Inequality: a global challenge

I’ve been working on the issue of economic inequality for many years, but until now my research has focused on the UK and other high-income countries. This is why I was asked to contribute to a Channel 4 programme How rich are you? on inequality in the UK tonight.

In my new position as Head of Inequality at Save the Children, I’ll be extending my analysis to consider growing inequality in middle and low-income countries. More than 70% of the global population lives in a country where the gap between rich and poor is widening. Inequality is a truly global challenge; we need global solutions.

Children by their makeshift home under the Nehru Place metro station in New Delhi
(photo: Prasanth Vishwanathan/Save the Children)

The list of negative outcomes associated with high levels of economic inequality is growing but already includes lower social mobility, less trust, higher levels of violent crime and conflict, greater fear of crime, more stress and mental health problems, lower levels of well-being, higher levels of debt, economic instability, falling voter participation among the poor and even climate change. These negative outcomes are occurring, to different degrees, in all countries where inequality is growing. One visual sign of growing inequalities are gated communities – common in South Africa, and now a growing phenomenon in the UK.

Enough to go round

There’s another reason why inequality matters in low and middle-income countries. Evidence shows getting to zero on extreme poverty will take far longer without addressing economic inequality. This is especially the case now because most of the world’s poor live in middle-income countries, where there may be enough money and resources to go around but they are often concentrated in the hands of a few.

Where inequality is relatively high, such as in Mexico, the fight to end absolute poverty is stalling. One leading leading development economist calculated that a 1% increase in income cut poverty by 0.6% in the most unequal countries but by 4.3% in the most equal countries. The lower level of poverty reduction in more unequal countries is no surprise – studies show more unequal societies spend less on public goods like health, education and transport.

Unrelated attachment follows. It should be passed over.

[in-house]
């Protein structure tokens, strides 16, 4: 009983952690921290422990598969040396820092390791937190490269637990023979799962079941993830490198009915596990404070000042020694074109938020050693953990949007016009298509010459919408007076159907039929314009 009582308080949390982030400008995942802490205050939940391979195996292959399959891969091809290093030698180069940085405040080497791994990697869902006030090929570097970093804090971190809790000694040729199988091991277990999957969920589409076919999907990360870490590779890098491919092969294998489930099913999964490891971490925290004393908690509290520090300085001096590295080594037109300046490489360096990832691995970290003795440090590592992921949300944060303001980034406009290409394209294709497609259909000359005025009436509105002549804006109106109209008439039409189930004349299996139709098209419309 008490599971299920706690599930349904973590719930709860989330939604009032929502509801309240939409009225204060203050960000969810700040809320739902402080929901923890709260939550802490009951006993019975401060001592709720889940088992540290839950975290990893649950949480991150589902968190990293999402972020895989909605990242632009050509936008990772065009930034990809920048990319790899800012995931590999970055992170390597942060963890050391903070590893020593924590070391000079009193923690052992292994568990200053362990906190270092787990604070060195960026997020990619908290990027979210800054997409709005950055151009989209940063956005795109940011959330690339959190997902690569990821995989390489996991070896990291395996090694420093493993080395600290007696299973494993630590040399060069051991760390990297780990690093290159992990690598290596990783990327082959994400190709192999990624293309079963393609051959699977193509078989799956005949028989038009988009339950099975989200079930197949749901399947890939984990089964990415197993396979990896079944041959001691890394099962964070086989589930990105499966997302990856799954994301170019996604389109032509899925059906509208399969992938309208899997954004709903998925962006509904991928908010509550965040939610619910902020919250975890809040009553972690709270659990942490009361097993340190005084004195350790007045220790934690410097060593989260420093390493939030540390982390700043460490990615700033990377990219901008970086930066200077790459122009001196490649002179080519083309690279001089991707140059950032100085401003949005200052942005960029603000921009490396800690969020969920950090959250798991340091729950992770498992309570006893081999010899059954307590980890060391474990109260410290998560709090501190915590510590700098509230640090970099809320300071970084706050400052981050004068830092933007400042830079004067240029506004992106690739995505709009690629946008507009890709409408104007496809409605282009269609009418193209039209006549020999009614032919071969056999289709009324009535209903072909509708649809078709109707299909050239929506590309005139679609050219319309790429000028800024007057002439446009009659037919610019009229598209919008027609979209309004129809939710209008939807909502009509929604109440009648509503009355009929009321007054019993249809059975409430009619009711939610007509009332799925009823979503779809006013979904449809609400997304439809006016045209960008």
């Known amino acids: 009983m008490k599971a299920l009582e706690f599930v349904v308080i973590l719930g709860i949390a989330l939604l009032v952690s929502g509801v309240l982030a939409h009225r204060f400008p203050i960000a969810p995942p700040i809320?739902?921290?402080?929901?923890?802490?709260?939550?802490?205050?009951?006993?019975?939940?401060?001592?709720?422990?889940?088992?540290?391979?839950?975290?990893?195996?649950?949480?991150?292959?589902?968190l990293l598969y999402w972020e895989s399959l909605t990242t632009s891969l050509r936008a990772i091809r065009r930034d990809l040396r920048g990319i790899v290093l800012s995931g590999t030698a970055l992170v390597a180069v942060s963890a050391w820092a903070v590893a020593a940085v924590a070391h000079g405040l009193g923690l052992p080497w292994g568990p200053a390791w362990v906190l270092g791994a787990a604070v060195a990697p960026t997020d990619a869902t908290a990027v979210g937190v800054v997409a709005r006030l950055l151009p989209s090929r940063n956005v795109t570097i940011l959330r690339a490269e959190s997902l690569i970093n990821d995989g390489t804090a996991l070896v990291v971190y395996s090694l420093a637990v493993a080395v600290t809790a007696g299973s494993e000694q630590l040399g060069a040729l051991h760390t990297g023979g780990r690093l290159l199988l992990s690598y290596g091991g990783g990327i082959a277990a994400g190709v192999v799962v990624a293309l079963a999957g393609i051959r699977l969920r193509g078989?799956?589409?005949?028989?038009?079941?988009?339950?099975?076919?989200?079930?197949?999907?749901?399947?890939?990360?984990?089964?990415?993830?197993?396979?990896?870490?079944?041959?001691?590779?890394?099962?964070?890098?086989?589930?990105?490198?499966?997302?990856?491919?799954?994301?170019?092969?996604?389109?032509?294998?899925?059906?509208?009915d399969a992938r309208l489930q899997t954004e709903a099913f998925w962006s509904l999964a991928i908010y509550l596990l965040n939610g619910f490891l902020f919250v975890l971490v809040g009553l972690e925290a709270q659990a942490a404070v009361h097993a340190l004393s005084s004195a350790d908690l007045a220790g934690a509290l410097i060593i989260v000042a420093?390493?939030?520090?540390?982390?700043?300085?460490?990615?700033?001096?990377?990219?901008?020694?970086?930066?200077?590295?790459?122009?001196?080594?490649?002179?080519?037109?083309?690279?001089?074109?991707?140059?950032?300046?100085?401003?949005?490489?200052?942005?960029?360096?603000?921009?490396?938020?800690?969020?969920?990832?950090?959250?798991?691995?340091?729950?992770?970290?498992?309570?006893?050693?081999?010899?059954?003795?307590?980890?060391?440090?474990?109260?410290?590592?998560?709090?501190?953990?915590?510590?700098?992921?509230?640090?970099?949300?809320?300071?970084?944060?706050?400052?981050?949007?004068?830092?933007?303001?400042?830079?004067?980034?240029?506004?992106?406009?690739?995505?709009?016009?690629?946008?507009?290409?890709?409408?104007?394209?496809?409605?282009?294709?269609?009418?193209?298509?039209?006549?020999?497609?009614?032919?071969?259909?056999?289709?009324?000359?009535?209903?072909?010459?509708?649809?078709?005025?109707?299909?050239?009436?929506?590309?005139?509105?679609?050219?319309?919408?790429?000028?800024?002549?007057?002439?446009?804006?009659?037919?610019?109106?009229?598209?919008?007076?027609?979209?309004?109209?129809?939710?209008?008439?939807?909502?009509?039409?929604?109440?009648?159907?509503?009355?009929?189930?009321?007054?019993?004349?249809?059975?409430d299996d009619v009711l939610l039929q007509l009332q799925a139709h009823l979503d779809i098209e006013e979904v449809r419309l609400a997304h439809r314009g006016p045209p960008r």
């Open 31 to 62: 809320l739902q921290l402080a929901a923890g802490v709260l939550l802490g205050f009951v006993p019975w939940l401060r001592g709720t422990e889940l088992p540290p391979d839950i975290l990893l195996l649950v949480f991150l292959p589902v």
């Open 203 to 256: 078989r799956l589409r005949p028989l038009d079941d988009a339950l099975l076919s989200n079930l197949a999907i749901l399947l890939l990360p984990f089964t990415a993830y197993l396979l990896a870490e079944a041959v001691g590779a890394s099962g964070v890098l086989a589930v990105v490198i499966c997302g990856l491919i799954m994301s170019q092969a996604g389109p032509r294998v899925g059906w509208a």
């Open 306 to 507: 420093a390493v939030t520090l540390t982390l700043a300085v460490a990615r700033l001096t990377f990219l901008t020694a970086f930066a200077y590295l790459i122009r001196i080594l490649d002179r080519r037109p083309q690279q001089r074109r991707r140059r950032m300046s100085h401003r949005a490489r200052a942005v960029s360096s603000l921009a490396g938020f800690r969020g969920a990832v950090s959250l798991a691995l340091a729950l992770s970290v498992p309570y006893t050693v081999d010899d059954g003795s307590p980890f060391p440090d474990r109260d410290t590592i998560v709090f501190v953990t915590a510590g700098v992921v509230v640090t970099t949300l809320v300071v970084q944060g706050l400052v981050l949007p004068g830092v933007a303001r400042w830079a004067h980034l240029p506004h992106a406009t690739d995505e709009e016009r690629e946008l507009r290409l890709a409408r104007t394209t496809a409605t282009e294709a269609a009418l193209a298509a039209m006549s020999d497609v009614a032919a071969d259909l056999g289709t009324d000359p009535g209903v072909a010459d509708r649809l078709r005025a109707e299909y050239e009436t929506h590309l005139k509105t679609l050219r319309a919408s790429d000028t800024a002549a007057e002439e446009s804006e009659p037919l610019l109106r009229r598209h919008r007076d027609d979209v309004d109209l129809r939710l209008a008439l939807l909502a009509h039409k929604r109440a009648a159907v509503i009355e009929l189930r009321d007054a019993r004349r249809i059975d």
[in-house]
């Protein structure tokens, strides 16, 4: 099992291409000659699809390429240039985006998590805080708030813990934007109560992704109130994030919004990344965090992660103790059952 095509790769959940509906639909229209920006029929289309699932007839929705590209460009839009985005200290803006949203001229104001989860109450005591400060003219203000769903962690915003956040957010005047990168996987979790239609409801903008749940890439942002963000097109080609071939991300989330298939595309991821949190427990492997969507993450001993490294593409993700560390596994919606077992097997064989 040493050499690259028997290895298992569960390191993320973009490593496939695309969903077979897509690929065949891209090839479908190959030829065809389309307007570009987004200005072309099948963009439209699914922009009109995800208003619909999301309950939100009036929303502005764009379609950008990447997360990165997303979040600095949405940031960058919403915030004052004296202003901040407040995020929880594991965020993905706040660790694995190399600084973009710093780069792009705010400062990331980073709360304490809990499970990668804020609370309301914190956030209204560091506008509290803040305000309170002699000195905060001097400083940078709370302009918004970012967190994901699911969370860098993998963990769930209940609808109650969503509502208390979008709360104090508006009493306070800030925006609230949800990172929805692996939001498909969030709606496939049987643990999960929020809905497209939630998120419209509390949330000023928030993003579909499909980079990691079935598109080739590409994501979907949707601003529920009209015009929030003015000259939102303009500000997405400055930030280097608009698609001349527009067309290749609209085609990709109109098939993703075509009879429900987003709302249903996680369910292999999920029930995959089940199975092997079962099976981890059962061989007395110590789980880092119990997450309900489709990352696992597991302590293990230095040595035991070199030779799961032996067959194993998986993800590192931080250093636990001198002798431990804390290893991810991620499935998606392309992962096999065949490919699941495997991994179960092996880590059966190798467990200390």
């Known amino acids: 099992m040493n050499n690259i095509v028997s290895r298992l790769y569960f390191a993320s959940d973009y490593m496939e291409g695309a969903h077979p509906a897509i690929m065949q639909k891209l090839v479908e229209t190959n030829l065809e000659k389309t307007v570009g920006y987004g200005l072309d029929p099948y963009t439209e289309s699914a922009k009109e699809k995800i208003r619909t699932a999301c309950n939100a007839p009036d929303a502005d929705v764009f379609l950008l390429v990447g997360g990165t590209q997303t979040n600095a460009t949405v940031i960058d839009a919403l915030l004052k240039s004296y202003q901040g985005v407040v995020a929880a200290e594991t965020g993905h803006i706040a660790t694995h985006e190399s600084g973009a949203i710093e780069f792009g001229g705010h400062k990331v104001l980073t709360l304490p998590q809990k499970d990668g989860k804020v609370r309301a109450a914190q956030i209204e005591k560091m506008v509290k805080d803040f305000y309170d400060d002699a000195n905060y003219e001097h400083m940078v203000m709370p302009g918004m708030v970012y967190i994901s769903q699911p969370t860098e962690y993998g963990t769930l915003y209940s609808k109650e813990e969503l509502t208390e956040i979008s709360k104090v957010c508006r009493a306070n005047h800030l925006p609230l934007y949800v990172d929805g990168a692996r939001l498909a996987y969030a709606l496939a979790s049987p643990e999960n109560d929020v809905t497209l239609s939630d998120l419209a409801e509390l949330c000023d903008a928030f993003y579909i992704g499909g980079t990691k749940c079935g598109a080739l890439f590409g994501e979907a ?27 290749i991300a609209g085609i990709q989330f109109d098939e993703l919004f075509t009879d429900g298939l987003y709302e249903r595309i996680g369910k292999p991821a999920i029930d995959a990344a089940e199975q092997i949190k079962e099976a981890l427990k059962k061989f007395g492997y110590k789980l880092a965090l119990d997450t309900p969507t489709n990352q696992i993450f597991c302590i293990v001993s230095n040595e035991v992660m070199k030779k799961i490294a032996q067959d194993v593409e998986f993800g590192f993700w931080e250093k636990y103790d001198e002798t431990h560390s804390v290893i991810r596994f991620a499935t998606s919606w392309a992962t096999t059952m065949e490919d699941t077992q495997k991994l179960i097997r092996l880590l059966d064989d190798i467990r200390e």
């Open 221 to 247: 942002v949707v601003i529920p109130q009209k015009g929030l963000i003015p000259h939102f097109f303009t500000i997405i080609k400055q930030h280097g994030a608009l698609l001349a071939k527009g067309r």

A fair chance for every child

Our work at Save the Children highlights how far growing economic inequality is manifesting in other types of inequalities – including child mortality and educational outcomes. Simply put, growing economic divides are making it increasingly difficult to give every child a fair chance. While we’re not saying there should be a goal of absolute equality, lower levels of inequality are certainly required for human progress.

Along with many other civil society groups, we’re pushing for equality to be built in to the foundation of the new Sustainable Development Goals (SDGs), which will replace the Millennium Development Goals in 2016. This includes measures to ensure that marginalised groups such as women, ethnic and religious minorities and disabled people are prioritised, as well as a target to reduce overall income inequalities.

Crucially, the SDGs will be universal – applicable to the global North and South. That means every country will be expected to give inequality the attention it deserves.

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  • Simon Wright

    Great TV programme, Faiza. I just watched it on 4OD. You came across really well and the programme was a great example of how to make complex economics accessible.